Common mullein is native to Asia, but it probably was introduced to the United States from Europe. It was valued for its medicinal properties and has been carried with immigrants throughout the world. It has been used as a remedy for coughs and lung diseases, diarrhea, burns, and earaches (Mitich 1989). It probably was introduced several times into North America as a medicinal herb as well as accidentally. The earliest recorded intentional introduction was in the 1700s in the Blue Ridge Mountians of Virginia (Gross and Werner 1978). It apparently naturalized and spread rapidly, for it was erroneously described as a native by Eaton (1818) and was present as far west as Michigan in 1839 (Gross and Werner 1978). It was first recorded in California in 1880 as being widely naturalized in old fields in Siskyou County (Watson 1880). It spreads by prodigious seed production and maintains its presence by long-lived seeds in the soil. Its seeds have no specialized structures for long-distance dispersal by wind or animals. Movement of soil for highway and building construction may have assisted in its dispersal.



Common mullein is not a weed of agricultural crops, as it cannot tolerate cultivation. It is, however, thought to serve as a host for insects that are themselves economic pests, such as the mullein leaf bug, a pest of apples and pears in the eastern United States and Canada (Maw 1980). Common mullein is not often a significant weed of most wildlands and natural areas, as it is easily crowded out by grasses or other competing vegetation. It is a problem, however, in the sparsely vegetated soils of the eastern Sierra Nevada. In moist meadows and drainages near Mono Lake and Owens Valley, common mullein can become abundant and has invaded pristine meadows with undisturbed soils, displacing native herbs and grasses. It has also been observed to rapidly establish following forest fires in the western Sierra Nevada. High densites of rosettes appear to prevent the reinvasion of native herbs and grasses in burned areas, but eventually these give way to a developing shrub canopy. In this situation, mullein appears to disrupt the normal sequence of ecological succession.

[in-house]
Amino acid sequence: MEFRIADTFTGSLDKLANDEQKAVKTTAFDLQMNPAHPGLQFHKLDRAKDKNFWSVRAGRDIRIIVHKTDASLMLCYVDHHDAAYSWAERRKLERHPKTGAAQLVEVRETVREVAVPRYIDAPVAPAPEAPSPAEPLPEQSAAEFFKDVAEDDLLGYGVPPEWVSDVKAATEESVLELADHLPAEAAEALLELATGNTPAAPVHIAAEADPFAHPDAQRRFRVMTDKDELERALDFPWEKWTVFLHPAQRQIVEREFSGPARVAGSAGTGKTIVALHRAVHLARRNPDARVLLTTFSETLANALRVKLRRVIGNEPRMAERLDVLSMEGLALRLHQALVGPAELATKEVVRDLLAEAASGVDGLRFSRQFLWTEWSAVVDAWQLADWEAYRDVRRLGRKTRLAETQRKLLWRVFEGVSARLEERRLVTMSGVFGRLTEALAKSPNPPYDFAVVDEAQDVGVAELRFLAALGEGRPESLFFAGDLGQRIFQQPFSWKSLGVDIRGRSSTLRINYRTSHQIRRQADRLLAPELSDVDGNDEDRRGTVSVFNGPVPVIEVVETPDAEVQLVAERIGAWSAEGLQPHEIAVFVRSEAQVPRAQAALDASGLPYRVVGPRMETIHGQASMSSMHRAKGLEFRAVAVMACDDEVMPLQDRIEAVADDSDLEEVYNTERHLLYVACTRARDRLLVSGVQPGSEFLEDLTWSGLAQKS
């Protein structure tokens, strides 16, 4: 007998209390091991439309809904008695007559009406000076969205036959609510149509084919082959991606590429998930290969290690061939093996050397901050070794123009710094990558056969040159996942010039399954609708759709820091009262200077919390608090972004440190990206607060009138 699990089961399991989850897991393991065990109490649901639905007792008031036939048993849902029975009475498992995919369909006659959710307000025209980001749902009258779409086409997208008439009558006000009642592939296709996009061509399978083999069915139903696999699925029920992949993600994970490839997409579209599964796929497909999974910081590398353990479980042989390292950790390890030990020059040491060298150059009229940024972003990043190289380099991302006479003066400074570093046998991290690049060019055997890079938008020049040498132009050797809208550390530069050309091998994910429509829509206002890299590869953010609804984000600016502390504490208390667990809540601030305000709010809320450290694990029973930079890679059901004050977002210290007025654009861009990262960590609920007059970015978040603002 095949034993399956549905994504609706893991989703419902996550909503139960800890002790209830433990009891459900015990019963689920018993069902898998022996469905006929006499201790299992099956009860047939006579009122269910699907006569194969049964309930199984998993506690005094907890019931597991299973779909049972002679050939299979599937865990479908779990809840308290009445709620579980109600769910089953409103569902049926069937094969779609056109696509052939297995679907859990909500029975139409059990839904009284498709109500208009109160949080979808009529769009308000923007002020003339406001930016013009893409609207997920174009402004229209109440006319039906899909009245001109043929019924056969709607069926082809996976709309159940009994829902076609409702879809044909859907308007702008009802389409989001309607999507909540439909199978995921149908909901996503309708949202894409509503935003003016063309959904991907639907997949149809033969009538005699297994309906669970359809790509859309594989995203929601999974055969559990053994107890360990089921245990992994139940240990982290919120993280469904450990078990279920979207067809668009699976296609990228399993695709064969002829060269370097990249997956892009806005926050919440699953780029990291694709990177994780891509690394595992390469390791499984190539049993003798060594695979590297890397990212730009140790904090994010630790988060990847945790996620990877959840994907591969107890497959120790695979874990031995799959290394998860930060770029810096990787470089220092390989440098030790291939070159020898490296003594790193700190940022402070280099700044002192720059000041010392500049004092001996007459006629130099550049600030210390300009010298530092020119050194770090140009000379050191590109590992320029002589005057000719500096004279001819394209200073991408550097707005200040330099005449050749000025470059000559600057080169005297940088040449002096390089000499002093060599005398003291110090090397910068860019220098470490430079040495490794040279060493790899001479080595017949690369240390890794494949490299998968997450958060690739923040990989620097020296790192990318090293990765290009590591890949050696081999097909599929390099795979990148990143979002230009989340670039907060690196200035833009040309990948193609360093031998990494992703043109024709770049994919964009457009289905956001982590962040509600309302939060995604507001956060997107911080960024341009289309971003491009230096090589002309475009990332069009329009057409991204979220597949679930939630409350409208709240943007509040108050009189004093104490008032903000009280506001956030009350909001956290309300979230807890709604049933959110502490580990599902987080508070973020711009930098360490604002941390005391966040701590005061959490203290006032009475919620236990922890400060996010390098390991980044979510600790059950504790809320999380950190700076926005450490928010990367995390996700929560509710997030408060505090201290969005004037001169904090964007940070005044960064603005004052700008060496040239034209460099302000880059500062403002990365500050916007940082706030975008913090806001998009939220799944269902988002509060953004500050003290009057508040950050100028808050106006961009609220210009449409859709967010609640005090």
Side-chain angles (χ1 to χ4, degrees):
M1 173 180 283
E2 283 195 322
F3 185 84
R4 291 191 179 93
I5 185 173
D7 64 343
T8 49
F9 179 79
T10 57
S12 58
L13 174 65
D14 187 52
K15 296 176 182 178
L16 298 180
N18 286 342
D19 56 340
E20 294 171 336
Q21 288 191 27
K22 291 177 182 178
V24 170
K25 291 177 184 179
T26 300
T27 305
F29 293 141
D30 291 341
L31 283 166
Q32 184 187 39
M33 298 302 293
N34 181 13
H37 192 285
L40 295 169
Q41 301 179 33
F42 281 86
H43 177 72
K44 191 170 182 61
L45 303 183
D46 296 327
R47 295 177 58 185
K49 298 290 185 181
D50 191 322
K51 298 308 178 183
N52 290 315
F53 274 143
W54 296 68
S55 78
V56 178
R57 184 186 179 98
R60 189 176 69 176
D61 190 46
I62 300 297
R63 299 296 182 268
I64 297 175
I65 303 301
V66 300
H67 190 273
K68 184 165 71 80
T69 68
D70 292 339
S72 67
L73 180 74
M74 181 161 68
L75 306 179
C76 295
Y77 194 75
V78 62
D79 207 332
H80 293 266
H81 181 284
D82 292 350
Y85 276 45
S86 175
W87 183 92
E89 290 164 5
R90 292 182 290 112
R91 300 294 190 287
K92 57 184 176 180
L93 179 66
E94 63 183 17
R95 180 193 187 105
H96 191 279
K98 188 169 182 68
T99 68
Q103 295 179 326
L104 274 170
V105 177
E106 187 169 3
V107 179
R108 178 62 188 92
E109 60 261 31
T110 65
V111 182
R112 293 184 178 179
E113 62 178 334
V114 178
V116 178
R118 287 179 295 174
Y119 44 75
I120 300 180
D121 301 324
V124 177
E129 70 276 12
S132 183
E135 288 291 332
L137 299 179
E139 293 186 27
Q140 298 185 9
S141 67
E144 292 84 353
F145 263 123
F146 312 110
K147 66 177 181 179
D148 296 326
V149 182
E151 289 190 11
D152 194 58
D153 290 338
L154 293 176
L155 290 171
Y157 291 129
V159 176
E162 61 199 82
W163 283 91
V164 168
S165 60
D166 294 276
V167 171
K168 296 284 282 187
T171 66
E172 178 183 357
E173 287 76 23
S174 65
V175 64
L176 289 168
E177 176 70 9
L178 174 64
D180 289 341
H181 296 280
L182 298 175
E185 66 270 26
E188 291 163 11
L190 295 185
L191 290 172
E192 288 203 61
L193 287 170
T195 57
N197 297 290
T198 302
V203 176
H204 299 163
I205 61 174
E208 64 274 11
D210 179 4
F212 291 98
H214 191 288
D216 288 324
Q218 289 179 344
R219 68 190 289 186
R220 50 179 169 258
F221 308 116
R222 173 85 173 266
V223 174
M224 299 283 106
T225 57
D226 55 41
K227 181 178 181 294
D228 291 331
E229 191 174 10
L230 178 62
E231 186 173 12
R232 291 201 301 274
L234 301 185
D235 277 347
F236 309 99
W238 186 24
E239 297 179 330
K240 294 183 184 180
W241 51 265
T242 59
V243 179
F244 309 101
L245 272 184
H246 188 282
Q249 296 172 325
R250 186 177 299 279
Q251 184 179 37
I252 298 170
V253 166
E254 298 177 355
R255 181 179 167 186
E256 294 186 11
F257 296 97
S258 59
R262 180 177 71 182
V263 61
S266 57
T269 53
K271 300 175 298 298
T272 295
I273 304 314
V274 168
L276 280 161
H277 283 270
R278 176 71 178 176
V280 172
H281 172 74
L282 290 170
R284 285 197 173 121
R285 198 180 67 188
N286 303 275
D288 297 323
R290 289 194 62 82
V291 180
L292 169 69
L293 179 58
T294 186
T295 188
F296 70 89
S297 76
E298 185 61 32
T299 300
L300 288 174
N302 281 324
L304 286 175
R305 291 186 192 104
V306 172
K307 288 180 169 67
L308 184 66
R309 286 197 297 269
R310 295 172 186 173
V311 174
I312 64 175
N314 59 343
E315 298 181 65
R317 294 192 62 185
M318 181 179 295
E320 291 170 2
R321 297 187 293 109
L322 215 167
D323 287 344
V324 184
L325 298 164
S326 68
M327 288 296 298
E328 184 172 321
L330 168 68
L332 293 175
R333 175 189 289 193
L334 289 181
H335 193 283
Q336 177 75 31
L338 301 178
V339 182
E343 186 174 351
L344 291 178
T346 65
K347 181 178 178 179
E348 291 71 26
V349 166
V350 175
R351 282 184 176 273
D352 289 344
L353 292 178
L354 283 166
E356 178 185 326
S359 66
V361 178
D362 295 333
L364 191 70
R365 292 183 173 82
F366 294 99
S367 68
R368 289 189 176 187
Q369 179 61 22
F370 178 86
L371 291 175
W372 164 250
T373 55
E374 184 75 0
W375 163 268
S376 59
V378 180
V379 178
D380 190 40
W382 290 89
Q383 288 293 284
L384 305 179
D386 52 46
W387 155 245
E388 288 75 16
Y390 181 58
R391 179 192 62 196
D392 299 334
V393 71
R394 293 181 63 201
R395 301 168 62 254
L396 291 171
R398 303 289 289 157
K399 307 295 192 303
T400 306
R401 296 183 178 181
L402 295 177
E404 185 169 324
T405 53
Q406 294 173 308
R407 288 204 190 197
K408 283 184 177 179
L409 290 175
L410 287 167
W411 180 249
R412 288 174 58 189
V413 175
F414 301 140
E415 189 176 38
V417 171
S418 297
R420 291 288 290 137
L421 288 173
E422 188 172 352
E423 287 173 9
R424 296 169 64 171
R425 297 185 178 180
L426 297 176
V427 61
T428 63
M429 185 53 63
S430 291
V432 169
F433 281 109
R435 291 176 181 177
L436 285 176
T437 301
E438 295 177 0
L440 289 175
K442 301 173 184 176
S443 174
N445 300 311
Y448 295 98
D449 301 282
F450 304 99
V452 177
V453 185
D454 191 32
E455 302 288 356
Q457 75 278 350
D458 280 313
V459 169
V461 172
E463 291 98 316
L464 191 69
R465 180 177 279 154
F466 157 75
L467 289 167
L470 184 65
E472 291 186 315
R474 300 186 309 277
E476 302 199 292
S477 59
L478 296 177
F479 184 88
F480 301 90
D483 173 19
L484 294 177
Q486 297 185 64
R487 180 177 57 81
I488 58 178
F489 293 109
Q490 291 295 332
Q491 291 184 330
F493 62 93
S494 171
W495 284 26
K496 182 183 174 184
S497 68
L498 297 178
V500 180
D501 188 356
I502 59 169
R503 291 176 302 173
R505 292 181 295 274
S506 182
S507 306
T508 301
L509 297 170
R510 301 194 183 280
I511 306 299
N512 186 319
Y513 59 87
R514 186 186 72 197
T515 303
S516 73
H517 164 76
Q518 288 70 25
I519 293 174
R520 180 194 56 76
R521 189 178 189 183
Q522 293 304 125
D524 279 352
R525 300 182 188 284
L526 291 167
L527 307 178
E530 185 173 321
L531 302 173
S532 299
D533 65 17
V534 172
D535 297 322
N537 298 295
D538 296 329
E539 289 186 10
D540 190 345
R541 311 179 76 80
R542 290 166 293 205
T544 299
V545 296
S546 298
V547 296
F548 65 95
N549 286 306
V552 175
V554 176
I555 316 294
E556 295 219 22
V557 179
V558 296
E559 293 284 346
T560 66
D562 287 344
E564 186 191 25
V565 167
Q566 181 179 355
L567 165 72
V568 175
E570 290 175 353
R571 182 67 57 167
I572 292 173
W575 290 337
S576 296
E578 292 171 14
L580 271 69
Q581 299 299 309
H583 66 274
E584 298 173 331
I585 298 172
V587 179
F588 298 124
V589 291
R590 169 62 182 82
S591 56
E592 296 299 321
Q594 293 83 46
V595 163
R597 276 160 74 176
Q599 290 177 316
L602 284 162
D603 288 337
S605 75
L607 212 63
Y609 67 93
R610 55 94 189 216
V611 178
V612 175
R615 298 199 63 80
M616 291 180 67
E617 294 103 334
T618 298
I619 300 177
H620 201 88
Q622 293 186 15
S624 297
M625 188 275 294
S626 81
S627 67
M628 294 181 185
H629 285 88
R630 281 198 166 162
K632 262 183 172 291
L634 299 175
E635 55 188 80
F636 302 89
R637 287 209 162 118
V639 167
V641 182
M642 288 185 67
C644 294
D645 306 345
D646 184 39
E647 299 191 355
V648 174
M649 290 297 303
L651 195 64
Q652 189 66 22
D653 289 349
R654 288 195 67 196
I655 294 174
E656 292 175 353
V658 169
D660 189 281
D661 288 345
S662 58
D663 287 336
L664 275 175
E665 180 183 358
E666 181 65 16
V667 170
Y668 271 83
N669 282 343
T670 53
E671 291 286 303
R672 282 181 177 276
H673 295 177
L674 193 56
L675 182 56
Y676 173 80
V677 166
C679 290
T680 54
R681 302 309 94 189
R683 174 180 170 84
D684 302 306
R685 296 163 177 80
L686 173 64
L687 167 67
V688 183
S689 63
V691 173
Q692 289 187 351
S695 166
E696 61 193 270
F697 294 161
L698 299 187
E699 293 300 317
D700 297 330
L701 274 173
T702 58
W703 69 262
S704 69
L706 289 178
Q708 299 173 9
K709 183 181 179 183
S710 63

(click on photos to view larger image)

Common mullein reproduces solely by seed. Flowering occurs in summer, usually July through October in the eastern Sierra and June to August in the Sacramento and San Joaquin valleys. Flowers are borne on an inflorescence that occurs as an upward extension of the stalk. Individual flowers are short-lived, opening before dawn and closing


by mid-afternoon the same day. Flowers are visited by a diverse array of insects, but only the short- and long-tongued bees are effective pollinators. Flowers are also self-fertile, with self-fertilization occurring when the flower closes at the end of the day if cross-pollination has not occurred (Gross and Werner 1978).

Seeds are contained in a capsule with two cells. Field studies show that single plants produce 200 to 300 capsules with 500 to 800 seeds per capsule. Thus, seed production can be 100,000 to 240,000 seeds per plant. When dry, the capsule splits open and releases the seeds. Seeds are not adapted to dispersal by wind or animals and usually fall to the ground. Field studies report that seeds will disperse as far as eleven meters, but 75 percent fall within one meter of the parent plant (Gross and Werner 1978).